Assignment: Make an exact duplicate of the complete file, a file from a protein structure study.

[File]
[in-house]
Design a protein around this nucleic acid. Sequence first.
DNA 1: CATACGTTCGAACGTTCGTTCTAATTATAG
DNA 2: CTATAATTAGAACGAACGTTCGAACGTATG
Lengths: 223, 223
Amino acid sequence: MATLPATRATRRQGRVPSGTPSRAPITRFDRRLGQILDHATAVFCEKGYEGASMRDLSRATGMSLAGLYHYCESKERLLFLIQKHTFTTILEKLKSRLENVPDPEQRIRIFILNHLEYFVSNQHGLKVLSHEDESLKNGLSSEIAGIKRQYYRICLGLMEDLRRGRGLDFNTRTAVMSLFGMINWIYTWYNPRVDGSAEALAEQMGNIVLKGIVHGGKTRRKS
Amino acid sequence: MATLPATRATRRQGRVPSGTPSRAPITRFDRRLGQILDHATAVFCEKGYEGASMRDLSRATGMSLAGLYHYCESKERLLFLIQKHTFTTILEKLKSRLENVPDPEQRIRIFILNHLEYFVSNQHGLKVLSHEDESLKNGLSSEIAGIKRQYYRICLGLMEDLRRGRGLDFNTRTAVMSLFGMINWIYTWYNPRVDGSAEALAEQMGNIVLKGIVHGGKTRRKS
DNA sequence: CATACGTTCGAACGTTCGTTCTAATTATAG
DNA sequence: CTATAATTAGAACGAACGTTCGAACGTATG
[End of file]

[in-house]
Design a protein around this nucleic acid. Sequence first.
DNA 1: CATACGTTCGAACGTTCGTTCTAATTATAG
DNA 2: CTATAATTAGAACGAACGTTCGAACGTATG
Lengths: 223, 223
Amino acid sequence: MATLPATRATRRQGRVPSGTPSRAPITRFDRRLGQILDHATAVFCEKGYEGASMRDLSRATGMSLAGLYHYCESKERLLFLIQKHTFTTILEKLKSRLENVPDPEQRIRIFILNHLEYFVSNQHGLKVLSHEDESLKNGLSSEIAGIKRQYYRICLGLMEDLRRGRGLDFNTRTAVMSLFGMINWIYTWYNPRVDGSAEALAEQMGNIVLKGIVHGGKTRRKS
Amino acid sequence: MATLPATRATRRQGRVPSGTPSRAPITRFDRRLGQILDHATAVFCEKGYEGASMRDLSRATGMSLAGLYHYCESKERLLFLIQKHTFTTILEKLKSRLENVPDPEQRIRIFILNHLEYFVSNQHGLKVLSHEDESLKNGLSSEIAGIKRQYYRICLGLMEDLRRGRGLDFNTRTAVMSLFGMINWIYTWYNPRVDGSAEALAEQMGNIVLKGIVHGGKTRRKS
DNA sequence: CATACGTTCGAACGTTCGTTCTAATTATAG
DNA sequence: CTATAATTAGAACGAACGTTCGAACGTATG